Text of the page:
Friday, December 14, 2018

NYISO Business Issues Committee Briefs: Oct. 10, 2018

NYISO and PJM JOA Waiver Request

NYISO and PJM last month jointly filed a request with FERC for a waiver of their joint operating agreement (ER18-2442), Rana Mukerji, ISO senior vice president for market structures, told the Business Issues Committee on Wednesday while presenting the monthly Broader Regional Markets report.

The waiver would permit the two grid operators to add the East Towanda-Hillside tie line as a market-to-market (M2M) flowgate. If granted, it will enable PJM to conduct redispatch operations to control flows to the more restrictive rating on the New York side of the line without violating the PJM Tariff for a limited time while the RTO and NYISO work to develop a permanent solution.

NYISO and PJM have jointly filed a request with FERC to waive a portion of their JOA to allow the East Towanda-Hillside tie line to be added as a market flowgate. | NYISO

Mukerji also highlighted efforts to clarify the minimum deliverability requirements for external capacity from PJM into NYISO’s Installed Capacity (ICAP) market. The ISO will continue discussions of this topic with stakeholders at the Installed Capacity/Market Issues Working Group meeting this month, he said.

In August, the ISO briefed the BIC on proposed market design changes to improve the supplemental resource evaluation process for external capacity resources.

Improving Public Policy Tx Planning

The BIC approved revisions to improve the efficiency of the Comprehensive System Planning Process in the short term, including eliminating the requirement that the New York Public Service Commission issue an order before NYISO begins evaluating transmission solutions. Under the proposal, the PSC retains the ability to cancel or modify identified public policy transmission needs (PPTNs) prior to the ISO’s selection of the more efficient or cost-effective solution, which would halt the evaluation or result in an out-of-cycle process to address the modified need.

In one case, NYISO had to wait about five months before evaluating and selecting Western New York PPTNs, according to a report by Yachi Lin, senior transmission planning manager. Under the new process, the ISO would begin the process following completion of a viability and sufficiency assessment and if developers meet the necessary requirements to proceed.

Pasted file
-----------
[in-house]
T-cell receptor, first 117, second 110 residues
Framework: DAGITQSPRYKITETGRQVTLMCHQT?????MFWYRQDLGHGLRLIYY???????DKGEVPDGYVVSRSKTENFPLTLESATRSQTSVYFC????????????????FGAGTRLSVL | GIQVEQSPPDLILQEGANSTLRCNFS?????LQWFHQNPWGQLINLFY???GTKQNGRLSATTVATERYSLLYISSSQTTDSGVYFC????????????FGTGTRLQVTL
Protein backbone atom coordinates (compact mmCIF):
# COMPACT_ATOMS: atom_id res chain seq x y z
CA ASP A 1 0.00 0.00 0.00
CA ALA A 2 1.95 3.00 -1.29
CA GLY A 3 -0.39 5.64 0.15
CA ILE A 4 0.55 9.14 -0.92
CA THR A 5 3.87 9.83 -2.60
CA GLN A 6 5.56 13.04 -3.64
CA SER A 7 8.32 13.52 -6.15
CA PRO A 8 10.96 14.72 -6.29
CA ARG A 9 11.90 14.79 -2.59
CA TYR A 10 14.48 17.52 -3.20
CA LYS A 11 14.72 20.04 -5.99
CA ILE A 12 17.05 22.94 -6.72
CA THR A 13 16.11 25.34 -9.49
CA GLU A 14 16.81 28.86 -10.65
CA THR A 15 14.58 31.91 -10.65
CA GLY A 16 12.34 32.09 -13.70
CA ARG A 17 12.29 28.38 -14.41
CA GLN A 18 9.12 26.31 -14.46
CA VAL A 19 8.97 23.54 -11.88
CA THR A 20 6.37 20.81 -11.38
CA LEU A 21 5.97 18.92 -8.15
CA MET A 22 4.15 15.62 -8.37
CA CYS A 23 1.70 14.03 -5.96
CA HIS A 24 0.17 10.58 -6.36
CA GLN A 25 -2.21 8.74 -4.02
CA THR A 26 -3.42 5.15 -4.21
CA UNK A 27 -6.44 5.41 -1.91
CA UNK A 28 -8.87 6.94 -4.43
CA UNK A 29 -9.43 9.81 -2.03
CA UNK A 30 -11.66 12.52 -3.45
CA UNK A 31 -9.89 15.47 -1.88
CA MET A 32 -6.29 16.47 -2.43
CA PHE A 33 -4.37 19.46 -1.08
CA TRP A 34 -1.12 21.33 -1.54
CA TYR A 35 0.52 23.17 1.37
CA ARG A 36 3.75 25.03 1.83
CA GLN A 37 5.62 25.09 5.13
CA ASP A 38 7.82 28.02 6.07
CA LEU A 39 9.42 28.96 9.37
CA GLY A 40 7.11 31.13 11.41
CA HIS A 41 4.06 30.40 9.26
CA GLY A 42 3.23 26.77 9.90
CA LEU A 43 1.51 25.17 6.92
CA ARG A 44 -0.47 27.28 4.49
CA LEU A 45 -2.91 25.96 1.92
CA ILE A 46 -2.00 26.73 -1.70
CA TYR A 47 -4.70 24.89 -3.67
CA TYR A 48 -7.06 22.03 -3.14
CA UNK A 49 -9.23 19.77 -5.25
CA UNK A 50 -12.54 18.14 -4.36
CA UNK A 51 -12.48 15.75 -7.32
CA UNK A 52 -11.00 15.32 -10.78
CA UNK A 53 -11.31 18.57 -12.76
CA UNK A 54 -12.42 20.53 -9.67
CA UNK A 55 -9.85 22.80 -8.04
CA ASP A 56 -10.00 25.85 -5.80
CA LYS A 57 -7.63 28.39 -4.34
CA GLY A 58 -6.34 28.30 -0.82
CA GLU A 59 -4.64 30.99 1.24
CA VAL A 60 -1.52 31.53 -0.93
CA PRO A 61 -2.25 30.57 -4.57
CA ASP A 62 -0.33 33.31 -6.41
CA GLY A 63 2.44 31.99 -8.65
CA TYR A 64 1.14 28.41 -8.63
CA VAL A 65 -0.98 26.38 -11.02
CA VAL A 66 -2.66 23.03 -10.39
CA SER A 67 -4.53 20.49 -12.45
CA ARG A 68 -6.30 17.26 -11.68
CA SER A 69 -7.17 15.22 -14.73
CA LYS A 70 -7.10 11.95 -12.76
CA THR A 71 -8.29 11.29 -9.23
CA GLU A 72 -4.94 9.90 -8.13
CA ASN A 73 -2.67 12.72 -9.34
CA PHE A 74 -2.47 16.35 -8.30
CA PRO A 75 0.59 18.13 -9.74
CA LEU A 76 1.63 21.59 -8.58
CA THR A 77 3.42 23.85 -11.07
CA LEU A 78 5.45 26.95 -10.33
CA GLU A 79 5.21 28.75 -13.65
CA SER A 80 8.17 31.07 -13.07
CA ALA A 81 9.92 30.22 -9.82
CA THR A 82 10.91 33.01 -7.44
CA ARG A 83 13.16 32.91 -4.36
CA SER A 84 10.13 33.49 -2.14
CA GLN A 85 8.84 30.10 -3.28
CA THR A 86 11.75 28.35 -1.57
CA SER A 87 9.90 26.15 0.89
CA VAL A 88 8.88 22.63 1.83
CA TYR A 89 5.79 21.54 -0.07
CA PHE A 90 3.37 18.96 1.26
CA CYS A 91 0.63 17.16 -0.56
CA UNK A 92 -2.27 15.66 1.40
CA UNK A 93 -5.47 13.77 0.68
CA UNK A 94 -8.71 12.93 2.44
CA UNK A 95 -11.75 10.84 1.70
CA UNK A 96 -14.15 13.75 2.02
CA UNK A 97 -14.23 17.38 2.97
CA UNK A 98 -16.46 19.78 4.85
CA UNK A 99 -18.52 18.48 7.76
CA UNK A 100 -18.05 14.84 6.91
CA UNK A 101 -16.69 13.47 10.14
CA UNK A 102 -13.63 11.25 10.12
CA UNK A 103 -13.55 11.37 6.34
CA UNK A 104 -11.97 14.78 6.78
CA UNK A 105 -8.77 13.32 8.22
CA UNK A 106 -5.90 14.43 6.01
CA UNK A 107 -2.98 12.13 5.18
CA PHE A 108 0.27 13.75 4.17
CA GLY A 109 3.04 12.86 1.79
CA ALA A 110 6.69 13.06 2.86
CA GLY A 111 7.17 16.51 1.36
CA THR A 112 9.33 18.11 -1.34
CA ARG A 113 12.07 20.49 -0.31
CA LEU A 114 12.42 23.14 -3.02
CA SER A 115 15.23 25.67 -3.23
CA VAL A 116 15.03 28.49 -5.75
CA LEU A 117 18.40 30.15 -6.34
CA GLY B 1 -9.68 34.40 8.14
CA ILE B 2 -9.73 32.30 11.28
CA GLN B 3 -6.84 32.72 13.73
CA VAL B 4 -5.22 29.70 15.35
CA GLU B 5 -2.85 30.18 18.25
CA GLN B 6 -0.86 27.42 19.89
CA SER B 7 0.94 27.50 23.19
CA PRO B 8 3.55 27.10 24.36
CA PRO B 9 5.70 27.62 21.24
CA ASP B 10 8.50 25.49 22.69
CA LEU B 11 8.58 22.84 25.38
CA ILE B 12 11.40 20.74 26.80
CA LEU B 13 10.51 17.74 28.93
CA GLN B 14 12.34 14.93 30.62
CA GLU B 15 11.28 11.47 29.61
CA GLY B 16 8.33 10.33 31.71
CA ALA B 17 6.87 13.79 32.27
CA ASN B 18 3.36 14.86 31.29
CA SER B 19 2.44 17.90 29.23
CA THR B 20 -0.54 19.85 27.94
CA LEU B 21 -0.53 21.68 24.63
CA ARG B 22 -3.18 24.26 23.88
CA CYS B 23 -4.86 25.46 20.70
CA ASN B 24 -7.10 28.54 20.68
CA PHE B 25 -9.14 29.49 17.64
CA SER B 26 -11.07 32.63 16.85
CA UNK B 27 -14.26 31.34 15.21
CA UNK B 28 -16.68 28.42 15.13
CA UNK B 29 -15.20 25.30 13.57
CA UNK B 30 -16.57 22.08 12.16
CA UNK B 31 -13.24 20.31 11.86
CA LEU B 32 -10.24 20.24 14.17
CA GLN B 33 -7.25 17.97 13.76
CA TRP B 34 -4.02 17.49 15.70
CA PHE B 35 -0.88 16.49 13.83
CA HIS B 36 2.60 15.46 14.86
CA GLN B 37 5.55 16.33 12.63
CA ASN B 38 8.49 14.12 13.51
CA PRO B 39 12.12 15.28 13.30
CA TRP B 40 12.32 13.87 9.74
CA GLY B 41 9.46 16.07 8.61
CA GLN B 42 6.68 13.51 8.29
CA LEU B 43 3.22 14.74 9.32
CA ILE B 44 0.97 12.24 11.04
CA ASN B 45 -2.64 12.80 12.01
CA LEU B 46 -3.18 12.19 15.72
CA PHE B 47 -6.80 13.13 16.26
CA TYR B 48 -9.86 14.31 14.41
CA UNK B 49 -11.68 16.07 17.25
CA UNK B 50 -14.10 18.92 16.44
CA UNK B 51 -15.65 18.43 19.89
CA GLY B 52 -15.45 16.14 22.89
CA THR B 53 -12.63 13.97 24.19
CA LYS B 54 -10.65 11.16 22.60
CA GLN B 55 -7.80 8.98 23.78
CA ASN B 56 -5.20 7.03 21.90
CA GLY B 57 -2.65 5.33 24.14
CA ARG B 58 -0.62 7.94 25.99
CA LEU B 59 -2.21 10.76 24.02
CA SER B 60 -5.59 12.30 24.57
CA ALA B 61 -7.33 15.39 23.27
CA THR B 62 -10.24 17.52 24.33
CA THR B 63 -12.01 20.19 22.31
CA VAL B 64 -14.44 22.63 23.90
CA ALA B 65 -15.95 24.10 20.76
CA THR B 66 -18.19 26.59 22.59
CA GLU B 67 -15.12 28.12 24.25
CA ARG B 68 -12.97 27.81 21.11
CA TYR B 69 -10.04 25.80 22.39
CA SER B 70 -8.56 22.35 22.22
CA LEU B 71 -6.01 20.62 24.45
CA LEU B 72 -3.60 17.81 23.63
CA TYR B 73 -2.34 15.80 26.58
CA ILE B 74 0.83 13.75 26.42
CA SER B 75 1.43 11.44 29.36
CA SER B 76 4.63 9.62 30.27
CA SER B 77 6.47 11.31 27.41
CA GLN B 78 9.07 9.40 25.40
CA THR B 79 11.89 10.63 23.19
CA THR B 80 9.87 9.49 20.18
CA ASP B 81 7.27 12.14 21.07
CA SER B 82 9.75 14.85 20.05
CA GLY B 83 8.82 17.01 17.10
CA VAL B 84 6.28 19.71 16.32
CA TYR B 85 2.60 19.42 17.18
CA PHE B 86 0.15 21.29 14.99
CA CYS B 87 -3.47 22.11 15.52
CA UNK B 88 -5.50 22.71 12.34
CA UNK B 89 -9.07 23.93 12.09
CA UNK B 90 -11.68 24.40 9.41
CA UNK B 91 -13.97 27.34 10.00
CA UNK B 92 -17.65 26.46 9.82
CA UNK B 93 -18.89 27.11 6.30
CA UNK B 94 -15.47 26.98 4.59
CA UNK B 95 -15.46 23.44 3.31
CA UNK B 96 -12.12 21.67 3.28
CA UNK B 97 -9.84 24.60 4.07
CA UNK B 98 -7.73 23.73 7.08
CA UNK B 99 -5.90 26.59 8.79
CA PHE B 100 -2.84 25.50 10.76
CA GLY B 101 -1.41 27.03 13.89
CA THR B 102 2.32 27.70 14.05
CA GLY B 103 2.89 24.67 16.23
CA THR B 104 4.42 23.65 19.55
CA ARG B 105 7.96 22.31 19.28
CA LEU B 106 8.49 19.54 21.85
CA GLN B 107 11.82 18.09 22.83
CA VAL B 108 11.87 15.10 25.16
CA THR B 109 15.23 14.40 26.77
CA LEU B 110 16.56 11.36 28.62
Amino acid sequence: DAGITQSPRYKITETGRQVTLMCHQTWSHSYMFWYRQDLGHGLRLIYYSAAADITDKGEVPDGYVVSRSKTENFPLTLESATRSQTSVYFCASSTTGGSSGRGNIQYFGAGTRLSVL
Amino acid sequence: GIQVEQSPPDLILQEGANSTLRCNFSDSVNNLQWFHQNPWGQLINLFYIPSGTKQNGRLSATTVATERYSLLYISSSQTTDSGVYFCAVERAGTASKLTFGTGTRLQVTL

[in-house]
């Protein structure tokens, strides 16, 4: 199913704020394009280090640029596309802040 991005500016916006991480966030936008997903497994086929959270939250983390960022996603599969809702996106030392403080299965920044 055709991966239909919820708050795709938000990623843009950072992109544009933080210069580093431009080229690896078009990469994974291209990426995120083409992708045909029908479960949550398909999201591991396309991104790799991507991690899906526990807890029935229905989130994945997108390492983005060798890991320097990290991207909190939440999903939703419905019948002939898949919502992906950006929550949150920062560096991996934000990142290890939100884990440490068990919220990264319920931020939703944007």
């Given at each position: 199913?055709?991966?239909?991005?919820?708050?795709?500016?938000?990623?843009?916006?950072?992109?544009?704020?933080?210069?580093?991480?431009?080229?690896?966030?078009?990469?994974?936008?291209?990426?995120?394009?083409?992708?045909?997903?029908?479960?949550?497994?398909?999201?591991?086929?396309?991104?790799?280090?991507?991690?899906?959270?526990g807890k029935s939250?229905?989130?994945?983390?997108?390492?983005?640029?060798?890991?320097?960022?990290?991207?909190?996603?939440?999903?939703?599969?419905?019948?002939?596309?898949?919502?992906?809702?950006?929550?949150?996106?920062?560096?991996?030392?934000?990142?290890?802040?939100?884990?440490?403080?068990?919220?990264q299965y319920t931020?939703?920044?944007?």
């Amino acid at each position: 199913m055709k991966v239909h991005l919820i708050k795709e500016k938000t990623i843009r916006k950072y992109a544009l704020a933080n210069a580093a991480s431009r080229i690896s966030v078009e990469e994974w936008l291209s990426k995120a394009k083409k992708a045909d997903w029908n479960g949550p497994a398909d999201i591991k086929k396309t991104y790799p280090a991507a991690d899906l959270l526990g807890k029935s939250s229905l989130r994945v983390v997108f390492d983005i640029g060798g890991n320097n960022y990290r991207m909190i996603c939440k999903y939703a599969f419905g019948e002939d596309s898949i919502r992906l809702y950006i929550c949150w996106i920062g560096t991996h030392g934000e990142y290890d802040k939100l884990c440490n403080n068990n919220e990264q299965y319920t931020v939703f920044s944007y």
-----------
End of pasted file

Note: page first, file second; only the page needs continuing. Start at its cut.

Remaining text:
NYISO has proposed related Tariff amendments and will seek approval from the Operating and Management committees this month before seeking board approval in November.

In addition, the ISO will clarify in the Tariff that the project description in the transmission interconnection application or interconnection request must match the description in the PPTN proposal or face rejection.

Technical Details

Within 60 days after a formal solicitation from NYISO, interested developers must submit both redacted and unredacted versions of their complete project proposal to satisfy the PPTN, submit identical proposals in the interconnection process and provide a nonrefundable $10,000 deposit and a $100,000 study deposit for each project.

NYISO will then post a brief description of the project proposals within five business days after the solicitation window closes.

The ISO will file the final viability and sufficiency report at the PSC, and within 15 days of the filing, each developer must confirm that it intends to proceed and agree to a system impact study.

Long Term

NYISO will present a long-term process design concept to stakeholders by the end of 2018 to improve its Local Transmission Owner Planning Process (LTPP); Reliability Planning Process (RPP); Congestion Assessment and Resource Integration Studies (CARIS); and Public Policy Transmission Planning Process (PPTPP).

Under the proposal, prior to issuing a formal solicitation, the ISO will hold a technical conference to get input from developers and interested parties on the application of selection metrics to the PPTN.

LBMPs Up 31% Year-on-Year

NYISO locational-based marginal prices averaged $38.70/MWh in September, down from $42.56/MWh in August but up 31% from the same month a year ago, driven by four days in early September in which the peak load topped 28 GW compared with no such days in September 2017, Mukerji said in his monthly operations report.

Year-to-date monthly energy prices averaged $45.75/MWh in September, a 29% increase from a year ago. September’s average sendout was 458 GWh/day, lower than 537 GWh/day in August and 437 GWh/day a year earlier.

Transco Z6 hub natural gas prices averaged $2.75/MMBtu, down about 8.3% from August and up 21.5% from a year earlier. Distillate prices climbed slightly compared to the previous month but were up 23.3% year-over-year. Jet Kerosene Gulf Coast and Ultra Low Sulfur No. 2 Diesel NY Harbor averaged $16.21/MMBtu and $16.08/MMBtu, respectively.

Total uplift costs and uplift per megawatt-hour came in lower than August, with the ISO’s 37-cent/MWh local reliability share in September down from 59 cents the previous month, while the statewide share climbed from -61 cents/MWh to -48 cents. Uplift, excluding the ISO’s cost of operations, was -11 cents/MWh, lower than -2 cents in August.

The Thunderstorm Alert (TSA) cost in New York City was 33 cents/MWh, more than double the 14 cents in August.

Michael Kuser

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